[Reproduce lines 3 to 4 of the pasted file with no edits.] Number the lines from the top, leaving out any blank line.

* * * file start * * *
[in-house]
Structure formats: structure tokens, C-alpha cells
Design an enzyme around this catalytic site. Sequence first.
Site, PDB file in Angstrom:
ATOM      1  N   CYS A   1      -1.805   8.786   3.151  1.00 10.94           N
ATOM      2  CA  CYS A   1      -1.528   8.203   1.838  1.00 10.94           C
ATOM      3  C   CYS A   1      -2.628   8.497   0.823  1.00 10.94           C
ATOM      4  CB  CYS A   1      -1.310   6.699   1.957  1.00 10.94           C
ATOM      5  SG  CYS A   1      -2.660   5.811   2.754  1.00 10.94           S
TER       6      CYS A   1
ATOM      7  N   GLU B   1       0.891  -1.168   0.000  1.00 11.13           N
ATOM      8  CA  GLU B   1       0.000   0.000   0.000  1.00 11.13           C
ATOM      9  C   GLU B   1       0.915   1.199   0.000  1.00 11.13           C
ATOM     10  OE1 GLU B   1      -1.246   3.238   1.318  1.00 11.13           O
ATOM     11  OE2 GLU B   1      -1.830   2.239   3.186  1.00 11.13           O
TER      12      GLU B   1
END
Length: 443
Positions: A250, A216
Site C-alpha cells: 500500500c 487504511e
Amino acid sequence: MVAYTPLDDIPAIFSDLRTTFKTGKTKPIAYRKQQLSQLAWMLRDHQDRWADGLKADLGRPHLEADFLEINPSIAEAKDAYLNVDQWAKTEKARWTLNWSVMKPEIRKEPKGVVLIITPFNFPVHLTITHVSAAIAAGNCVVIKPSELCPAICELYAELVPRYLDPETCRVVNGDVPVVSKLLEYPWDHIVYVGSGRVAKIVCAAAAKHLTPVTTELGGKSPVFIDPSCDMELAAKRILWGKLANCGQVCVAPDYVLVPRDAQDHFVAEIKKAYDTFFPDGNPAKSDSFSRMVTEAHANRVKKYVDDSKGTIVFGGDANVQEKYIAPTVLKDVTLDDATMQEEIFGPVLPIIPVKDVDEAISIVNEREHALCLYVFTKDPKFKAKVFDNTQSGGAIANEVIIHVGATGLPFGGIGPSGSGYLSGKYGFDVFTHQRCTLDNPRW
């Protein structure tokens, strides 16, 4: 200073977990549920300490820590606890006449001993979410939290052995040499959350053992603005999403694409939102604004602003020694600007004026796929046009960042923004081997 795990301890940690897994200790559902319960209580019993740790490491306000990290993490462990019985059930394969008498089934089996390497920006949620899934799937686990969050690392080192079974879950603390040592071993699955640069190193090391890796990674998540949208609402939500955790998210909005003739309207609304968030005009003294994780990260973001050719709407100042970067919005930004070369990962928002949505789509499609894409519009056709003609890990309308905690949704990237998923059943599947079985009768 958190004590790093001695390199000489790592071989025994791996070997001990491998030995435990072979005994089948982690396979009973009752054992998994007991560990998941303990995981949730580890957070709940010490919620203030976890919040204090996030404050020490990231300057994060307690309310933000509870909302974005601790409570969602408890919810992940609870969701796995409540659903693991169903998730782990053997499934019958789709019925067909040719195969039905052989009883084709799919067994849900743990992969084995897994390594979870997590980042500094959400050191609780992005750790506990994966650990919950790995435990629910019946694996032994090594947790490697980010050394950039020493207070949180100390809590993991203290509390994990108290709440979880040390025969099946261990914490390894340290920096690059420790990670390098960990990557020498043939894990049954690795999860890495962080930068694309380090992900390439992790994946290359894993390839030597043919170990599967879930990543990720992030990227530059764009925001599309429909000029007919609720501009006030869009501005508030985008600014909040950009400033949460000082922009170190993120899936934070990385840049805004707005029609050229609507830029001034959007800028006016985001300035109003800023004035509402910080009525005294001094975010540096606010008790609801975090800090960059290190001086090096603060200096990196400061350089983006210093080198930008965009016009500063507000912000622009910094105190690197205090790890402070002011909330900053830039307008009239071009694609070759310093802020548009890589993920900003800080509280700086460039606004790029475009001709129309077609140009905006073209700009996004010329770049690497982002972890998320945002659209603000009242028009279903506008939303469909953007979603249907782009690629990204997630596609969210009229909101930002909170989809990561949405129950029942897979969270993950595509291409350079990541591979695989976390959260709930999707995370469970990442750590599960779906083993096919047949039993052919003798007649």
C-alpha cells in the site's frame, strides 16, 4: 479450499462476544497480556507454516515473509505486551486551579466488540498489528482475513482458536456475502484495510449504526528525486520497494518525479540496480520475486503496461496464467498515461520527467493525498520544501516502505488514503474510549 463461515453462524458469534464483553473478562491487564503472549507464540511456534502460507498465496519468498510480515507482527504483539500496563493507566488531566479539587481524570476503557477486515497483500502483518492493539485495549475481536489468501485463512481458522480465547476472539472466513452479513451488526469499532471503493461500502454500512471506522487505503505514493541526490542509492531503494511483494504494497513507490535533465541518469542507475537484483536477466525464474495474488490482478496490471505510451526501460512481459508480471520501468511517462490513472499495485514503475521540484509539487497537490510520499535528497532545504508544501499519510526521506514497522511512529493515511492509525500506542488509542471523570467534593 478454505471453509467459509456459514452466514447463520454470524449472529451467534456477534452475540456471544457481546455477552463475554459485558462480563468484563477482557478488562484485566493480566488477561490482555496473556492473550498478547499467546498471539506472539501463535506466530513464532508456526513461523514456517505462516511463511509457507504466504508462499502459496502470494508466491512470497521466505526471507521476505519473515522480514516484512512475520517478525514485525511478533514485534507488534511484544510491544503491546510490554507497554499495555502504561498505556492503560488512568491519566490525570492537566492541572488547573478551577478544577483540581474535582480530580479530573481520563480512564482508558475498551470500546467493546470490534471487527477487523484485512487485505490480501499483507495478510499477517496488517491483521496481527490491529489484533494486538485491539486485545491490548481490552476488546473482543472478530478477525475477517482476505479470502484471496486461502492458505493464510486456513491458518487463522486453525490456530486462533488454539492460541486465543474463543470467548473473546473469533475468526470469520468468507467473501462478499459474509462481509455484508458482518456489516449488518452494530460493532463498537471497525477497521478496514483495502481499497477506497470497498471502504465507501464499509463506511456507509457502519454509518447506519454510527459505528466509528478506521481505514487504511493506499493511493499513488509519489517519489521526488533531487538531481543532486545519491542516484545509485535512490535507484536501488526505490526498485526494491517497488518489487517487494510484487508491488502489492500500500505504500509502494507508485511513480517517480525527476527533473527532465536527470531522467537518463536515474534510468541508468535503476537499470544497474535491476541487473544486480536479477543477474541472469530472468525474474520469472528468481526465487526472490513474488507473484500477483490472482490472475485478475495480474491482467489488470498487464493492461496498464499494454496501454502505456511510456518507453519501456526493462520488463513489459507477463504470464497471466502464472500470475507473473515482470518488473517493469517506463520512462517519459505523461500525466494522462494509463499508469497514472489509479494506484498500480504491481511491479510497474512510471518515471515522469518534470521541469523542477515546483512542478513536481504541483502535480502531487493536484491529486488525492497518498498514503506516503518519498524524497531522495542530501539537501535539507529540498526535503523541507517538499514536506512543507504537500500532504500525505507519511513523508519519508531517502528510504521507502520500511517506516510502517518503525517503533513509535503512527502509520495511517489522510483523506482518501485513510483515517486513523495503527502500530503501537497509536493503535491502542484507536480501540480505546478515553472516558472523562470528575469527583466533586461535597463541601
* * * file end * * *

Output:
Design an enzyme around this catalytic site. Sequence first.
Site, PDB file in Angstrom: